UC Nursery and Floriculture Alliance
University of California
UC Nursery and Floriculture Alliance

2011 Programs/Presentations


Risk Management Workshop for Greenhouse and Nursery Managers
May 10, 2011 Carpinteria
attendance 33

Photovoltaic Applications in Horticulture and Agriculture
May 16, 2011 UC Davis
attendance 28

Photovoltaic Applications in Horticulture and Agriculture
May 20, 2011 Vista/San Marcos

Photovoltaic Applications in Horticulture and Agriculture
May 27, 2011 Salinas

ABCs of Fertilizer and Irrigation Management in Spanish
June 23, 2011 Azusa

Photos from the ABCs of Fertilizer Management

Pest Monitoring in Ornamental Plant Production (in English and Spanish)
July 5, 2011 San Marcos
attendance 27

Scouting and Spray Evaluation Workshop
August 23, 2011 Watsonville
attendance 40

Erosion and Pesticide Runoff Management in Nurseries
September 13, 2011 Ventura
Attendance 68

California Nursery Conference
October 6, 2011 Etiwanda (Rancho Cucamonga)
attendance 89

Effective Use of Pesticides in Ornamental Plant Production
(English and Spanish)
October 18, 2011 San Marcos
attendance 26



UC Delivers Knowledge to Improve the Quality of Life for Californians

UC Delivers: Sudden Oak Death Outreach Survey
Sudden Oak Death (SOD) is a plant disease caused by Phytophthora ramorum, which was likely introduced to California through the shipment of infected nursery plants. The disease first appeared in the mid-1990s in coastal California, and caused extensive tree die-offs in 1999 and 2000. An estimated 1 million tanoak and oak trees in California have died from SOD, with another 1 million currently infected in an area stretching from Monterey to Humboldt counties. In addition to the oaks, another 100 plant species and varieties are susceptible to the pathogen. Most of these species suffer only minor damage, but they can be important to the spread of the disease. Since its discovery, SOD has generated a need for timely distribution of accurate information. UCCE has been involved with outreach efforts from the start, including cooperating with the California Oak Mortality Task Force (COMTF). However, neither group formally evaluated the effectiveness of their outreach tools and materials. As SOD continues to be an important natural resource issue in California, these efforts needed to be assessed in order to better direct resources toward areas and groups of highest priority.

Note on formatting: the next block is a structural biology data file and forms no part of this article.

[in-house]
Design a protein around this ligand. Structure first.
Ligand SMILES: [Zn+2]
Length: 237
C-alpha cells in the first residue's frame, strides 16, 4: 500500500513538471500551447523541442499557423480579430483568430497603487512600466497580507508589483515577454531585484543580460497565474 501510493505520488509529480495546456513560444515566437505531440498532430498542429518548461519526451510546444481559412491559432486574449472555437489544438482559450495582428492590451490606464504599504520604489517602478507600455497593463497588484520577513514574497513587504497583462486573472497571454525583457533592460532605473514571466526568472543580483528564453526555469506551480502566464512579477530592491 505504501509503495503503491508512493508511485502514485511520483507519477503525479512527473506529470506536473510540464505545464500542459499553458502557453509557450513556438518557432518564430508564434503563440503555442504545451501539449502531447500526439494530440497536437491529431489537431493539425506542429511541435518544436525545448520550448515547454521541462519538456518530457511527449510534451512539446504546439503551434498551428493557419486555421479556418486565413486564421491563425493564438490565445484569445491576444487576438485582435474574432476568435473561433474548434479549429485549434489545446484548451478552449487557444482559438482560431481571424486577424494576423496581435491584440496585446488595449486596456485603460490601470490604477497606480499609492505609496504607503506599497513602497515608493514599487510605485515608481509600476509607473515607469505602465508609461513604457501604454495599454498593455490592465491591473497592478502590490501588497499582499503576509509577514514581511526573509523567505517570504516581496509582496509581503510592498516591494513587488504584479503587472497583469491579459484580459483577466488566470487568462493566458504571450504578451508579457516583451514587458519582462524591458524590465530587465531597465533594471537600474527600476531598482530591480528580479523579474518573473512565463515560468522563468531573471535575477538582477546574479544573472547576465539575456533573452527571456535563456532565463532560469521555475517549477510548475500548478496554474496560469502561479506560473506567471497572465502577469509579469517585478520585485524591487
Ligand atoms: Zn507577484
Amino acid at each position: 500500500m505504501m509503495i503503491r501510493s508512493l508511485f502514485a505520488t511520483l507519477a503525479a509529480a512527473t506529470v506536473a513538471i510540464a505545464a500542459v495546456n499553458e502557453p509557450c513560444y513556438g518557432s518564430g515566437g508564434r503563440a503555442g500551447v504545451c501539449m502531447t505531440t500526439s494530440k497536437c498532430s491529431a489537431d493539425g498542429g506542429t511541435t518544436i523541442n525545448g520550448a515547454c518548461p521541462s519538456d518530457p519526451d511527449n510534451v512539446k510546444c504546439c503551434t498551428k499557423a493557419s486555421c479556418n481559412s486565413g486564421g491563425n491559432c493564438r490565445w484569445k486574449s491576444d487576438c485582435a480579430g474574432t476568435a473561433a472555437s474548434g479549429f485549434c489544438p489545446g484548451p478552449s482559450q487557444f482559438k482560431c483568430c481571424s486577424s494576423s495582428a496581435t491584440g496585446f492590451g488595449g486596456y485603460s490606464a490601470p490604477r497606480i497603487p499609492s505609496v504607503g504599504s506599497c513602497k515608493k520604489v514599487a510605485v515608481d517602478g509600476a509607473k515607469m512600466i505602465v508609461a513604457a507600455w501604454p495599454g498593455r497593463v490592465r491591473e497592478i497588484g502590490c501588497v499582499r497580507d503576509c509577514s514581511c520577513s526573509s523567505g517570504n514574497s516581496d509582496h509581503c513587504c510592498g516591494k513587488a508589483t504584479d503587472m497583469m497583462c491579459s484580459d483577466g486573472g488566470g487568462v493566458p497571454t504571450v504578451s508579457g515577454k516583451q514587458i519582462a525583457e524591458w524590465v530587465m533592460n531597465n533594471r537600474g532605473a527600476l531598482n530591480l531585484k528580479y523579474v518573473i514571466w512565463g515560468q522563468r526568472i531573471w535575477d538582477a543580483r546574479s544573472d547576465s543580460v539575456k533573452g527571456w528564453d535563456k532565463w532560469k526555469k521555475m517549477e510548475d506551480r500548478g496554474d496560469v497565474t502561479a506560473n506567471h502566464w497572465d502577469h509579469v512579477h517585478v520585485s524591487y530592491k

Read about: UC Delivers: Sudden Oak Death Outreach Survey | View Other Stories

Page Last Updated: May 3, 2017
Webmaster Email: lroki@ucdavis.edu